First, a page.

COLUMN: The ups and downs of dieting

“Your stomach shouldn’t be a waist basket.”

— Unknown

In the 1920s, long before the advent of seizure medicines, there was something called the Keto diet. The diet might have also been used on diabetic conditions. Then it kind of went bye-bye.

Everything old is new again. The Keto diet is back and in a big way. It’s the biggest thing since sliced bread. The Atkins diet trend of a few years ago probably spurned new life. Both diet plans involve converting the body to burn fat as fuel as opposed to carbohydrates or as their chemical form after processing, glucose. The biggest difference between Keto and Atkins is that Atkins has no limit of protein intake, but only 20 percent of your calories should be protein on the Keto diet plan.

I know a lot about both because I was an Atkins disciple at one time. I read the book and accepted the theory. Dr. Atkins pointed out that for thousands of years, human beings existed on a diet of meat, nuts and fruit. It was only during the industrial revolution when flour and grains were easily mass producible that we converted to the modern day diet. The first time I dedicated myself to Atkins I lost 23 pounds in 21 days. I developed a style of eating afterward that was much healthier than I had engaged in prior to partaking of his plan.

I love meat, fish and poultry. I am a fan of many vegetables. Unfortunately sweets at one time in my life were my reason for living. I love bread. I used to have doughnuts every morning with my coffee. I have always said that if it weren’t for chocolate, I would be 30 pounds lighter today. I am a chocoholic.

As I write this column, I am just shy of two weeks on a basic combination of the Keto and Atkins diet. I plan on a three-month long version. I need to lose 20 pounds. Yes, when you are 20 pounds from perfection, it seems an obtainable goal. Perfection is an objective description.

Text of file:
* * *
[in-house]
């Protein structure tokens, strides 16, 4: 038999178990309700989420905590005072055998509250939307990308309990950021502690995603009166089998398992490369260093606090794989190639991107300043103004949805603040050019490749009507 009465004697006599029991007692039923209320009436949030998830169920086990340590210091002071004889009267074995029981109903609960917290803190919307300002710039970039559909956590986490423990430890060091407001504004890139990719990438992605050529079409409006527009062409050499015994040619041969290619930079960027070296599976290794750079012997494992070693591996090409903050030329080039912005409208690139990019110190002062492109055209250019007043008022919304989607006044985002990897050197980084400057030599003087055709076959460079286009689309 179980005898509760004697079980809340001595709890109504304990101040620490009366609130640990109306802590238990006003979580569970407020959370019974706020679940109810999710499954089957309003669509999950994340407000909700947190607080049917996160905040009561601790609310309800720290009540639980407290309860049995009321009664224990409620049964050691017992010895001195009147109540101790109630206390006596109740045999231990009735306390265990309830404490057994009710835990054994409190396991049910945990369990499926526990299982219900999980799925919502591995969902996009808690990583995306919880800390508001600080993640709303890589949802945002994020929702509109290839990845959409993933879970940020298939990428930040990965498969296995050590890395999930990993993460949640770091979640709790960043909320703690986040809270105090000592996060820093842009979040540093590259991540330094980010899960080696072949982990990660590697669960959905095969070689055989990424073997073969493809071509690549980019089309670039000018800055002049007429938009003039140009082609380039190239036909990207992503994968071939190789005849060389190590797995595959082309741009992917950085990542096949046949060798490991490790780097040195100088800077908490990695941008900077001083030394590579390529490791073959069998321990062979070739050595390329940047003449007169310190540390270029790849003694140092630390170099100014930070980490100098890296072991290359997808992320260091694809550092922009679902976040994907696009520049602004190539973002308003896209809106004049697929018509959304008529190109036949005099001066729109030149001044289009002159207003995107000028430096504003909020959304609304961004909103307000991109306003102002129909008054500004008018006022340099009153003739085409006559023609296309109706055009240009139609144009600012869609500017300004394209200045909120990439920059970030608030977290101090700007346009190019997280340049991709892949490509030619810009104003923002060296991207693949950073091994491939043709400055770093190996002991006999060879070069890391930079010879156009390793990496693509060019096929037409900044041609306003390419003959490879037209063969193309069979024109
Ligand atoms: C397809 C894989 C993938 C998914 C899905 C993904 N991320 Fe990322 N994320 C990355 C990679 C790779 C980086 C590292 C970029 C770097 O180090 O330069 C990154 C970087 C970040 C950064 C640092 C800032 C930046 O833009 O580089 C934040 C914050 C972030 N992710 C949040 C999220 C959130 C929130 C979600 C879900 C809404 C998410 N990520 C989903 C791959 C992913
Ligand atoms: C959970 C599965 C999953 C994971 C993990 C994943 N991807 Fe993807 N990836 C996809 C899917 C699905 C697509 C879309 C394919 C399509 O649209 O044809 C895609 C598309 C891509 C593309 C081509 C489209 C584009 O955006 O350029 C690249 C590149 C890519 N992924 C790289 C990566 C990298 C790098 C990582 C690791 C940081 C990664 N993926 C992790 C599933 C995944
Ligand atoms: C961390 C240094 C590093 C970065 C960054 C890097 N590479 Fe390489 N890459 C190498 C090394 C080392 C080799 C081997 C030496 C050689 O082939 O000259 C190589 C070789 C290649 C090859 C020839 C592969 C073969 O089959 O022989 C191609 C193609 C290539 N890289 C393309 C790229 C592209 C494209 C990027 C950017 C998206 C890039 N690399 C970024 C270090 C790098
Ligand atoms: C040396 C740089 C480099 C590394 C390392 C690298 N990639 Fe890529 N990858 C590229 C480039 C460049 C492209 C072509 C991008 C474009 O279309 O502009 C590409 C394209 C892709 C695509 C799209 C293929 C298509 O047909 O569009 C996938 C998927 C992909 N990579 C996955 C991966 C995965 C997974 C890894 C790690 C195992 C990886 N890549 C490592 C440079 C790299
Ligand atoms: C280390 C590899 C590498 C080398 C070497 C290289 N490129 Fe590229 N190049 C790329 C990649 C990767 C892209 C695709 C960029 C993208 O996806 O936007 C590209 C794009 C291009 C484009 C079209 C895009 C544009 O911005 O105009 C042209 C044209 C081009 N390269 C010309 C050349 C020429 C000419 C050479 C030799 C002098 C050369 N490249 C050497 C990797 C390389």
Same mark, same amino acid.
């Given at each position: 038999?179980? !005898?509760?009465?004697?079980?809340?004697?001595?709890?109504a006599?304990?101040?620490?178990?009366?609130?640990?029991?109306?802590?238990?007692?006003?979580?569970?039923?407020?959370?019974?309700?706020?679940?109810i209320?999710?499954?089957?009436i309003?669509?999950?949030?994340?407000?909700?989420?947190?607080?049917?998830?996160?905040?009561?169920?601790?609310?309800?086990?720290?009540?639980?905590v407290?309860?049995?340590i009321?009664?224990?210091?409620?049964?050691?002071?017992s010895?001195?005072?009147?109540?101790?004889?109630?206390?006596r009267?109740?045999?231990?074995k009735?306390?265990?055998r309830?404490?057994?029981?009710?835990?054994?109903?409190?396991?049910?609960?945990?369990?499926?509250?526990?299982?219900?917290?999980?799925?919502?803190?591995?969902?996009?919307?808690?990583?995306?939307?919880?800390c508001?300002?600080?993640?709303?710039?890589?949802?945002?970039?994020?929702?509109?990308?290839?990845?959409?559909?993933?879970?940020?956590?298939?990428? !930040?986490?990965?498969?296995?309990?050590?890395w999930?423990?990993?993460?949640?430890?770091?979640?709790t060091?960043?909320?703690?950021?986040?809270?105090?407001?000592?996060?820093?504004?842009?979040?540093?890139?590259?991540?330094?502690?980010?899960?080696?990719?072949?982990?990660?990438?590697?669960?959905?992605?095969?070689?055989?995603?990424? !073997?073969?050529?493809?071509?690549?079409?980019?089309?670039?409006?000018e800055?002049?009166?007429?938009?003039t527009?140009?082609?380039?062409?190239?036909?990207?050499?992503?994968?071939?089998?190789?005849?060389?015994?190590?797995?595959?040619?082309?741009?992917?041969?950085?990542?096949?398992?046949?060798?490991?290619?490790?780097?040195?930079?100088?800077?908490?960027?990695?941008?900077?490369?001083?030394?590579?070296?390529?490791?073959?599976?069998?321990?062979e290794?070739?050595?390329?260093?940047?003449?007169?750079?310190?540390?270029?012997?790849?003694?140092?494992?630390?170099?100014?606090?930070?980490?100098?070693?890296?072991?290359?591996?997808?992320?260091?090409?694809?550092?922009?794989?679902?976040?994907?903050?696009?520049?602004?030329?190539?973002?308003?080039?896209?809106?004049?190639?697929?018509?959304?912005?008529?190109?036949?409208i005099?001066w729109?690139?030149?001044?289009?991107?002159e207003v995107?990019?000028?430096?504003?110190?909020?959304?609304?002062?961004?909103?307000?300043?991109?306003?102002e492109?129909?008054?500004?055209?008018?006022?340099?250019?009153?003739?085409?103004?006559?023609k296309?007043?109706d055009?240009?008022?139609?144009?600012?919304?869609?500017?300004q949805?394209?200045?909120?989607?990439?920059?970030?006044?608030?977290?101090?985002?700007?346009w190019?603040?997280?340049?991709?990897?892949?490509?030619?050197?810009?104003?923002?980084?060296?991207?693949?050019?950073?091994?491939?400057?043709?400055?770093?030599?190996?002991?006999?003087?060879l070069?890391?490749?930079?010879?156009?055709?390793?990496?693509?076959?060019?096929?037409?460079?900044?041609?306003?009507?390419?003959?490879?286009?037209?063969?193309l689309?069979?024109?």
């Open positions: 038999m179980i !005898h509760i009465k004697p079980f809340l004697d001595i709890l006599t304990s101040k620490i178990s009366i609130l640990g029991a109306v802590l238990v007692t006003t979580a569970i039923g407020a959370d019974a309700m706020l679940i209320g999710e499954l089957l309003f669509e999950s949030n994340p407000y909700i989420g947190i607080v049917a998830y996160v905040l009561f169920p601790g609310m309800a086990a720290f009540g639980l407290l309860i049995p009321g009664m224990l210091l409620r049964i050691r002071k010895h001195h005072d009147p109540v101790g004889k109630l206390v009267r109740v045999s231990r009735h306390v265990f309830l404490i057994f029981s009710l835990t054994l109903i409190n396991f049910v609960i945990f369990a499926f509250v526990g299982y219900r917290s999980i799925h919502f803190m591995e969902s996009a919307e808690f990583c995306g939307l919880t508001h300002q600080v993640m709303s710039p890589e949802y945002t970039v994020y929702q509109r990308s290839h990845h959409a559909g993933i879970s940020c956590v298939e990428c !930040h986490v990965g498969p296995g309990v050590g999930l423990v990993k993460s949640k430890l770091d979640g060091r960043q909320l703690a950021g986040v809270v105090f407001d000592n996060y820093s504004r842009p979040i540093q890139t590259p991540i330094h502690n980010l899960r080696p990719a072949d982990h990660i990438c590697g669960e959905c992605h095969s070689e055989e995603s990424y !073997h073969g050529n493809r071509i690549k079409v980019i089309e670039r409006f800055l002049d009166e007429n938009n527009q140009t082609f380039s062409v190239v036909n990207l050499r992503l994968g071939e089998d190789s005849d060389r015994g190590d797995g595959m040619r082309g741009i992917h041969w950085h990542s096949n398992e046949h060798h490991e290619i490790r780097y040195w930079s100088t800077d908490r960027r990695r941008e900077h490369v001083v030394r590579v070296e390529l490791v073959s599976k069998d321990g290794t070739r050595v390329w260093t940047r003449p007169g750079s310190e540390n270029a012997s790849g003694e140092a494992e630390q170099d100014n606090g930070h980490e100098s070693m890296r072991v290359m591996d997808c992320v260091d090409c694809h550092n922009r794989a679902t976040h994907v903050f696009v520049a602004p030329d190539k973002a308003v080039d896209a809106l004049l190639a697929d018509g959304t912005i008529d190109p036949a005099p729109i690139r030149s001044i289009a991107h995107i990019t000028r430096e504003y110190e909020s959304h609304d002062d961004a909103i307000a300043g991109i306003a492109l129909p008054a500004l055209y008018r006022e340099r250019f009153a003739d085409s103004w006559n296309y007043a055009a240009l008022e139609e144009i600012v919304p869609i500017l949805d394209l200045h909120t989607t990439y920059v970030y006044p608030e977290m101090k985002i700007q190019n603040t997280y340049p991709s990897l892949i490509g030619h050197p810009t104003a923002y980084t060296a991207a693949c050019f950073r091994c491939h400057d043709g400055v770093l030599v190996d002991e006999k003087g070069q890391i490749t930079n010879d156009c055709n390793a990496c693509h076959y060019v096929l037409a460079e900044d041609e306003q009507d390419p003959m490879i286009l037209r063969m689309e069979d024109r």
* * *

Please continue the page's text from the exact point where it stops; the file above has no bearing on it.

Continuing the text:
When you are 5 feet, 6 1/2 inches tall, 20 pounds is the difference between looking in shape and looking like a bowling ball with feet.

Atkins is not the most effective diet I have ever been on in my life. The most effective diet I have ever found is the divorce diet. I have been married and divorced two times. Both divorces were good for over a 20 pound weight loss in a remarkably short time frame. I also found the divorce diet, while effective, was the most expensive diet plan ever devised by man or lawyer.

There are possible side effects to the Keto diet. One is halitosis and for those less vocabulary enriched than me, that means in laymen terms bad breath. I am not real concerned with bad breath. I haven’t kissed a woman on the mouth in almost two years. Any man who gets close enough to my mouth to experience bad breath deserves a whiff!

Another effect that has been in the news lately applies to women on Keto. The Keto diet affects pH levels that accompany extreme changes in the diet. When that occurs the Keto diet may change a ladies vaginal pH, which alters your vaginal odor. As one analysis put it, “It may not smell like roses.” Just to alert any female opting for the Keto diet, the condition that is being described is being called, “Keto crotch.” You might want to carry an extra spray can of FDS!

The first few days of Atkins or Keto is characterized by a withdrawal of carbohydrates. It is common to feel a bit jittery. After three days, I might have knocked off a bakery to eat just one doughnut or brownie. Sugar and starch withdrawal is a very real problem.

One article I read even insinuated that a Keto diet can affect your mental health. Again, I point out that such a suggestion will only endorse my opinion that we have become a nation of wussies, and I write wussies because I can’t I can’t type the real term I want to use in describing modern day reality of what we, as a society, have become when it comes to sacrifice or hard work.

So to summarize, it’s wussies and “keto crotch” that seem to be the theme of this week’s column. I do want to point out that whether it’s Atkins or the Keto diet, it is strongly suggested that the diet plan be a short-term plan and a return to simply healthy eating be the ultimate goal.

More vegetables, lean meat, and less bread and sweets should be a part of any healthy diet plan. Lots of liquids and a multi-vitamin would be a healthy supplement. And, in general, a little exercise thrown in would not be a terrible idea.

Or as one Keto dedicated person put it, “I want to grow my own food, but I can’t find bacon seeds.”

— Lindon Dodd is a freelance writer who can be reached at . Lindon Dodd


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